Nonlinear Physics Seminar: “Non-wetting and phase transitions induced by spatial and temporal patterns”
Start time: 12:00pm Danciger B bldg (seminars room)
End date: Wednesday, April 19th
End time: 01:30pm
Lecturer: Prof. Michael Nosonovsky
Affiliation: University of Wisconsin
Small-amplitude fast vibrations and surface micropatterns affect properties of various systems involving wetting, such as superhydrophobic surfaces and membranes. The mathematical method of averaging the effect of small fast vibrations is known as the method of separation of motions. The vibrations are substituted by effective force or energy terms, leading to vibration-induced phase control. The best known example of that is the stabilization of an inverted pendulum on a vibrating foundation (the Kapitza pendulum); however, the method can be applied to a number of various situations including wetting. A similar averaging method can be applied to surface micropatterns leading to surface texture-induced phase control. I will argue that the method provides a framework that allows studying such effects as biomimetic superhydrophobicity, membrane penetration, acoustic phase separation, and others. Patterns and vibration can effectively jam holes and pores in vessels with liquid, separate multi-phase flow, change membrane properties, result in propulsion, and lead to many other multiscale, non-linear effects. These effects can be used to develop novel materials.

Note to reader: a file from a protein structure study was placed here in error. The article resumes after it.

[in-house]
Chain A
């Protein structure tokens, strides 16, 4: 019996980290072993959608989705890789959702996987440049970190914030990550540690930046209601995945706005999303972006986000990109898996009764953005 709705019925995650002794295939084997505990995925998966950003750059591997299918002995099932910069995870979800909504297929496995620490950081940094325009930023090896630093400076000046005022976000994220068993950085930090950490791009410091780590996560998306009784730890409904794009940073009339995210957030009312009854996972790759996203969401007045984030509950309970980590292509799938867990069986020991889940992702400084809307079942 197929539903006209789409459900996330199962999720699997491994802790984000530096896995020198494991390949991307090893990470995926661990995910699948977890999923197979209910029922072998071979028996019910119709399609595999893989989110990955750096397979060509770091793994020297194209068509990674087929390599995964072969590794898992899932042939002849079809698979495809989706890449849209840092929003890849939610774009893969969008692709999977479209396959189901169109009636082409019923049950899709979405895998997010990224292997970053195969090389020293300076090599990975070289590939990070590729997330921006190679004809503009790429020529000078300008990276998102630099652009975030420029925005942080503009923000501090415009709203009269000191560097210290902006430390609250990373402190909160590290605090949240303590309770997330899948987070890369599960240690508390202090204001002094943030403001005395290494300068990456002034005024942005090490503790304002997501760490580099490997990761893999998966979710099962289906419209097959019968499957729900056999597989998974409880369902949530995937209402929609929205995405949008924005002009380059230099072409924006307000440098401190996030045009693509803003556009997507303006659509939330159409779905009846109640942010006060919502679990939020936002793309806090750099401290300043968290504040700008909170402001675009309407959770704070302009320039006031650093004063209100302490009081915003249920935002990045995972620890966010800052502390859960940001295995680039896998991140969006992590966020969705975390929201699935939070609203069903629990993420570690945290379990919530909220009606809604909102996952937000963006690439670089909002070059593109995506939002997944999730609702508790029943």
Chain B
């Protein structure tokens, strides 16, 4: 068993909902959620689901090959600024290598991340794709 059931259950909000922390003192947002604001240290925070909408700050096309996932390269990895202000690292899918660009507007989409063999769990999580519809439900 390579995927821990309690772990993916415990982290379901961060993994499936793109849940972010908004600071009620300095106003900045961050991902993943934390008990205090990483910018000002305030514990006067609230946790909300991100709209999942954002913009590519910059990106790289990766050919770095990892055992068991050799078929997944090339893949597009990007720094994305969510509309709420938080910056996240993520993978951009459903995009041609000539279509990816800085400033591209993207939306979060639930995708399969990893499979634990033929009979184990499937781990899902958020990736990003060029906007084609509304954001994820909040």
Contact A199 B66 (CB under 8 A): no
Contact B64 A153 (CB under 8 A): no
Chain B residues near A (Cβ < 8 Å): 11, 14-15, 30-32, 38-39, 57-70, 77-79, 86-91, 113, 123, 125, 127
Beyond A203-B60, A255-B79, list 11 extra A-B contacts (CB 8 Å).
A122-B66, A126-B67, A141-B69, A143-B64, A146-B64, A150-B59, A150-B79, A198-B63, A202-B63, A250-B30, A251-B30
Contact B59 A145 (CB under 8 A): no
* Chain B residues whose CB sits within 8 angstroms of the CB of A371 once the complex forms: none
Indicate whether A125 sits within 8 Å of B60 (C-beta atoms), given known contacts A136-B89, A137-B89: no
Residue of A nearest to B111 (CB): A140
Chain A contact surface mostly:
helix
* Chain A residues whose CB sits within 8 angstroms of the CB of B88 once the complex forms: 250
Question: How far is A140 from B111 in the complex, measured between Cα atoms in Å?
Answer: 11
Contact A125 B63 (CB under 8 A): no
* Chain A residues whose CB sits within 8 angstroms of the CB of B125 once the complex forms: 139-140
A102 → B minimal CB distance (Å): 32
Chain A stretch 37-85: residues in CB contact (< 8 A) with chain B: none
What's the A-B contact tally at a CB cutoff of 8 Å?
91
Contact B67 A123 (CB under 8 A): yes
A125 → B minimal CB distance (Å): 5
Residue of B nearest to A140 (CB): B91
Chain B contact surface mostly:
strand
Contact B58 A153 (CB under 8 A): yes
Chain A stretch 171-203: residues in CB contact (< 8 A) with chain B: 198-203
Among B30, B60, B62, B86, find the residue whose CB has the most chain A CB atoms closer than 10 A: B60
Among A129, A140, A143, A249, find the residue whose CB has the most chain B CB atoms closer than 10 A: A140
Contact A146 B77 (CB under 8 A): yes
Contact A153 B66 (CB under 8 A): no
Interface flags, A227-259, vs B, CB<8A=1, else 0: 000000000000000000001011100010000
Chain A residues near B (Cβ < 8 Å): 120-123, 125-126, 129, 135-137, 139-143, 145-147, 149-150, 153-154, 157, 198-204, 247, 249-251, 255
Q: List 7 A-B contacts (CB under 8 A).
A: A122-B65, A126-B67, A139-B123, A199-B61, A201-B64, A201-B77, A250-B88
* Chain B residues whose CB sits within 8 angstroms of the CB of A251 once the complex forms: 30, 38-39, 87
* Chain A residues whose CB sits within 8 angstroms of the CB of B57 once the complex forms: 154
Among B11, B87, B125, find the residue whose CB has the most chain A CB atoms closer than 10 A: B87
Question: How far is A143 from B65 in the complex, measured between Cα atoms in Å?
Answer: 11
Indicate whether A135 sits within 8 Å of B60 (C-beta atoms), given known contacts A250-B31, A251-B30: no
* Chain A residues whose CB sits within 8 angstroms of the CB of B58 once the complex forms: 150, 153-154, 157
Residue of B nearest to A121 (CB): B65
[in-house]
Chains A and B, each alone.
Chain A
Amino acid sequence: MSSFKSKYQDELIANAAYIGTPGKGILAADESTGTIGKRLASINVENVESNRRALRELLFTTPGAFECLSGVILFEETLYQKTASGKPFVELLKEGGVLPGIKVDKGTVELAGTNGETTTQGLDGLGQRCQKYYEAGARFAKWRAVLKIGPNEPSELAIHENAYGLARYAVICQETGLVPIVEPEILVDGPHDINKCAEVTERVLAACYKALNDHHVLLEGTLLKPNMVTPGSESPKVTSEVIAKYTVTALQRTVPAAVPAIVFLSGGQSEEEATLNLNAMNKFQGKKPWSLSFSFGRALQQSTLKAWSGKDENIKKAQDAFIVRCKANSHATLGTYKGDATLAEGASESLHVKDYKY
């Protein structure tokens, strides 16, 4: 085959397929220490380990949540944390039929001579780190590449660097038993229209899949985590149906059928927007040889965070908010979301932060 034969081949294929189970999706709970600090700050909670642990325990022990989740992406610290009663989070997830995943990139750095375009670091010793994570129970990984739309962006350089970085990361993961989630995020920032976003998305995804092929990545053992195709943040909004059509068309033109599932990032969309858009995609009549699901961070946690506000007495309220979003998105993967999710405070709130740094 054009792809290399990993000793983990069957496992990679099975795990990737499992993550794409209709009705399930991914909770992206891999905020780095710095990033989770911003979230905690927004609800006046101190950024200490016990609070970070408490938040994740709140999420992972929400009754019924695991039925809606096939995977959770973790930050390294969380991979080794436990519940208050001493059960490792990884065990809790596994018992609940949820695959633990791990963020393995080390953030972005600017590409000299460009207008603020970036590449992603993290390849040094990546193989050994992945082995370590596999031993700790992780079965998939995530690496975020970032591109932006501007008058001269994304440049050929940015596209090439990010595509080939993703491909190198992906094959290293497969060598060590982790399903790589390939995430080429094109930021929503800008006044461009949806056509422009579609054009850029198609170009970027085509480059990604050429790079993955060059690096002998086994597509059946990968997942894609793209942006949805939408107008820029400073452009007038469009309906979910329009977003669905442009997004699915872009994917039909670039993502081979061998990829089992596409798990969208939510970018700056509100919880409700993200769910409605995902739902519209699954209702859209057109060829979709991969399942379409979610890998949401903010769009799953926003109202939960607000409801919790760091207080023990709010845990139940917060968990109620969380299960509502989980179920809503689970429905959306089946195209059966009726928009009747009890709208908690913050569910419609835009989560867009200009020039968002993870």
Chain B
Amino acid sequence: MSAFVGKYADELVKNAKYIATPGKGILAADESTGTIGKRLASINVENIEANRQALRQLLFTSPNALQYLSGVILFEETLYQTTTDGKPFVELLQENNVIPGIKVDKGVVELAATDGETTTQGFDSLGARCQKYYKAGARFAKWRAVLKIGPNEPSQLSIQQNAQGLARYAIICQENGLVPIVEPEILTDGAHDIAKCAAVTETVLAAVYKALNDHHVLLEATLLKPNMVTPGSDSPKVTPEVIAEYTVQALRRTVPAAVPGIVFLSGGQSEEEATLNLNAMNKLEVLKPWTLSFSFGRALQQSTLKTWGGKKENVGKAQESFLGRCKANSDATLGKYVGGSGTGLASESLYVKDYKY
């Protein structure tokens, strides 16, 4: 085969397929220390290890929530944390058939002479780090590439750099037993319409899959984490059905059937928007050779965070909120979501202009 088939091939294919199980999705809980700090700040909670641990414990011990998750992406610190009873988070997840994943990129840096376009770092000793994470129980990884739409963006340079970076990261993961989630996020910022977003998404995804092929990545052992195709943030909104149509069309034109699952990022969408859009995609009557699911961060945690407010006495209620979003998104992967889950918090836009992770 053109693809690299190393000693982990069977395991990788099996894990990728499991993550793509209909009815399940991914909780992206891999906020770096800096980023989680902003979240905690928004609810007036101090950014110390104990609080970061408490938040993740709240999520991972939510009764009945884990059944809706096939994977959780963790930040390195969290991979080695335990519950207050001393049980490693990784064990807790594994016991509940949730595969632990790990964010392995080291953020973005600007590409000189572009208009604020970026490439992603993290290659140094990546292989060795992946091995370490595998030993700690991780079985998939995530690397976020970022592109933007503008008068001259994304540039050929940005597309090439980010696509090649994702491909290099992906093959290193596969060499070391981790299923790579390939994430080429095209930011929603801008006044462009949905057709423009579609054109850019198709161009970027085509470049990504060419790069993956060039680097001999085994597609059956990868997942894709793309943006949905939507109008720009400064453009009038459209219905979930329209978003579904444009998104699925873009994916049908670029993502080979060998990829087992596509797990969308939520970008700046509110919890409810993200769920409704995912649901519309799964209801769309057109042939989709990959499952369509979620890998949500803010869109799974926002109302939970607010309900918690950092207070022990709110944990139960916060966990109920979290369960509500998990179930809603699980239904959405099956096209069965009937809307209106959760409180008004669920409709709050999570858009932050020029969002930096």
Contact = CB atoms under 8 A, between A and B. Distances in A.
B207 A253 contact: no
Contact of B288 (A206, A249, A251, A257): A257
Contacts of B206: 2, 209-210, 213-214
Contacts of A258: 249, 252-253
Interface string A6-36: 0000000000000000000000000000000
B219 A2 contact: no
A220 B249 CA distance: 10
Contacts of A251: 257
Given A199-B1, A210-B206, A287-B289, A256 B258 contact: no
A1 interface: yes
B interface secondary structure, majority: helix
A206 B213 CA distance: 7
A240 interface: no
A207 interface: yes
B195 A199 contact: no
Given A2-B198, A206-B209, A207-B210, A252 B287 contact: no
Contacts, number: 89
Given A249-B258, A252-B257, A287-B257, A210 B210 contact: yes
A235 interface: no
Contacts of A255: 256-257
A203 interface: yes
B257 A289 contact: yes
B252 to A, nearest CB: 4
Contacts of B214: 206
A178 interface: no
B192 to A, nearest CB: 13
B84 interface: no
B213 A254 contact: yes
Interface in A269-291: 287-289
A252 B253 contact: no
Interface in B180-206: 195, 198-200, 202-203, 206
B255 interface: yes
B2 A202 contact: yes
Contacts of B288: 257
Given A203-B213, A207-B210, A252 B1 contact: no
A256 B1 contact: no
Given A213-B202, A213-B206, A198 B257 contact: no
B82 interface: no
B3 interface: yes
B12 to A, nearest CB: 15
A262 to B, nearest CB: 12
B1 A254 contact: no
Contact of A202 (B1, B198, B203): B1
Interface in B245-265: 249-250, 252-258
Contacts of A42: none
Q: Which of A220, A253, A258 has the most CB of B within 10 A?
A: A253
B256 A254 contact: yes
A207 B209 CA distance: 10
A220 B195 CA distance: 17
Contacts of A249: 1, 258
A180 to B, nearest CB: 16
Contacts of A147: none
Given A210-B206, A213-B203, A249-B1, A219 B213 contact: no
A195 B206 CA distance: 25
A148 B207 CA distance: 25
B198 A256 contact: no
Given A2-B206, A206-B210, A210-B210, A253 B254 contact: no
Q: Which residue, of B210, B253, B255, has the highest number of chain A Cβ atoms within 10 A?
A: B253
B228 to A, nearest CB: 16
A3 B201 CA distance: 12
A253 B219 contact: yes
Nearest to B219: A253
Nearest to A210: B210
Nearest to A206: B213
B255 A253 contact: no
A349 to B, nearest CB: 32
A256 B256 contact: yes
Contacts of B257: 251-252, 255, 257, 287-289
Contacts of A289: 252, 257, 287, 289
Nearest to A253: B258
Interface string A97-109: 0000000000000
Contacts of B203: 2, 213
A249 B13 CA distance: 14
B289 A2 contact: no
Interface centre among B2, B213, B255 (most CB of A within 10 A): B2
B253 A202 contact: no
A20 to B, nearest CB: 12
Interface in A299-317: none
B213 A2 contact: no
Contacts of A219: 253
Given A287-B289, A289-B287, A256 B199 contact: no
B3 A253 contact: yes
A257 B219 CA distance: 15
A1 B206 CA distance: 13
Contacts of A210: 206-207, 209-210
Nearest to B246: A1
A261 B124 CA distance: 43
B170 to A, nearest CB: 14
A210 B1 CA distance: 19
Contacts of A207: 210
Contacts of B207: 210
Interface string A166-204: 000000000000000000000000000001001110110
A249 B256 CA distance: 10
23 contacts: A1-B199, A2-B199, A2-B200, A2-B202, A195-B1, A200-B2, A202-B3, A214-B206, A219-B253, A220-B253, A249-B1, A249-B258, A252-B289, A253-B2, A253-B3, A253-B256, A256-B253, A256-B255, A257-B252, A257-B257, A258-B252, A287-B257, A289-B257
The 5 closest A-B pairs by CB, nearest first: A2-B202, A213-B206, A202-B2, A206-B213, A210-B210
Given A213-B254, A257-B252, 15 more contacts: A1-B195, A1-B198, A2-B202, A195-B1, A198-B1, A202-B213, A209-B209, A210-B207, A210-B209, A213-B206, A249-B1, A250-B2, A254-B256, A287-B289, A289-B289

PS. Free food (pita and falafel) is usually served